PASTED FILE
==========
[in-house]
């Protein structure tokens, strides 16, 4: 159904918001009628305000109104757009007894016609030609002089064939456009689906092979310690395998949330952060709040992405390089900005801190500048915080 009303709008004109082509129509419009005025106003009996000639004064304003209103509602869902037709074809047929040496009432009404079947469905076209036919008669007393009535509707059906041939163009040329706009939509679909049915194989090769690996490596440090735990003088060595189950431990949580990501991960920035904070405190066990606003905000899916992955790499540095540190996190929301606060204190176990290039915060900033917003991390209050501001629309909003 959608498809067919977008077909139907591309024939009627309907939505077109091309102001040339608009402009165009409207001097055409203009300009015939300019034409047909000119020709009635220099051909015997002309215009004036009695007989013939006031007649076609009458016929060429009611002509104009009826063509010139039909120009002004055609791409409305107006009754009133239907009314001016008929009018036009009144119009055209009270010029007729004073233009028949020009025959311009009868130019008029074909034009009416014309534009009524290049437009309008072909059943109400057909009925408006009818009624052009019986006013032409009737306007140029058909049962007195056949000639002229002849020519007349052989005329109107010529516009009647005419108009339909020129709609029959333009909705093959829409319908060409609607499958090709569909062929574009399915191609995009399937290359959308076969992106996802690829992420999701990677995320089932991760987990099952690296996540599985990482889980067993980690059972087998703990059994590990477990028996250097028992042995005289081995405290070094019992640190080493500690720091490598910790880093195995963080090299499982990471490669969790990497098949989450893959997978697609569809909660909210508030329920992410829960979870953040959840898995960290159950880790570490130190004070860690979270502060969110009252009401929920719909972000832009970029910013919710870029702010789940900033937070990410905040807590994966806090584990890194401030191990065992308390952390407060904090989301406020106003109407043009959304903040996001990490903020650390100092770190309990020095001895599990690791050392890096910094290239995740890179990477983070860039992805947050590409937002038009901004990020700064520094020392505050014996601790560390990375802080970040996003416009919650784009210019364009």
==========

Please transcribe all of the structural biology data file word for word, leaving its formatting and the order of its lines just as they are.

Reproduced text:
[in-house]
């Protein structure tokens, strides 16, 4: 159904918001009628305000109104757009007894016609030609002089064939456009689906092979310690395998949330952060709040992405390089900005801190500048915080 009303709008004109082509129509419009005025106003009996000639004064304003209103509602869902037709074809047929040496009432009404079947469905076209036919008669007393009535509707059906041939163009040329706009939509679909049915194989090769690996490596440090735990003088060595189950431990949580990501991960920035904070405190066990606003905000899916992955790499540095540190996190929301606060204190176990290039915060900033917003991390209050501001629309909003 959608498809067919977008077909139907591309024939009627309907939505077109091309102001040339608009402009165009409207001097055409203009300009015939300019034409047909000119020709009635220099051909015997002309215009004036009695007989013939006031007649076609009458016929060429009611002509104009009826063509010139039909120009002004055609791409409305107006009754009133239907009314001016008929009018036009009144119009055209009270010029007729004073233009028949020009025959311009009868130019008029074909034009009416014309534009009524290049437009309008072909059943109400057909009925408006009818009624052009019986006013032409009737306007140029058909049962007195056949000639002229002849020519007349052989005329109107010529516009009647005419108009339909020129709609029959333009909705093959829409319908060409609607499958090709569909062929574009399915191609995009399937290359959308076969992106996802690829992420999701990677995320089932991760987990099952690296996540599985990482889980067993980690059972087998703990059994590990477990028996250097028992042995005289081995405290070094019992640190080493500690720091490598910790880093195995963080090299499982990471490669969790990497098949989450893959997978697609569809909660909210508030329920992410829960979870953040959840898995960290159950880790570490130190004070860690979270502060969110009252009401929920719909972000832009970029910013919710870029702010789940900033937070990410905040807590994966806090584990890194401030191990065992308390952390407060904090989301406020106003109407043009959304903040996001990490903020650390100092770190309990020095001895599990690791050392890096910094290239995740890179990477983070860039992805947050590409937002038009901004990020700064520094020392505050014996601790560390990375802080970040996003416009919650784009210019364009």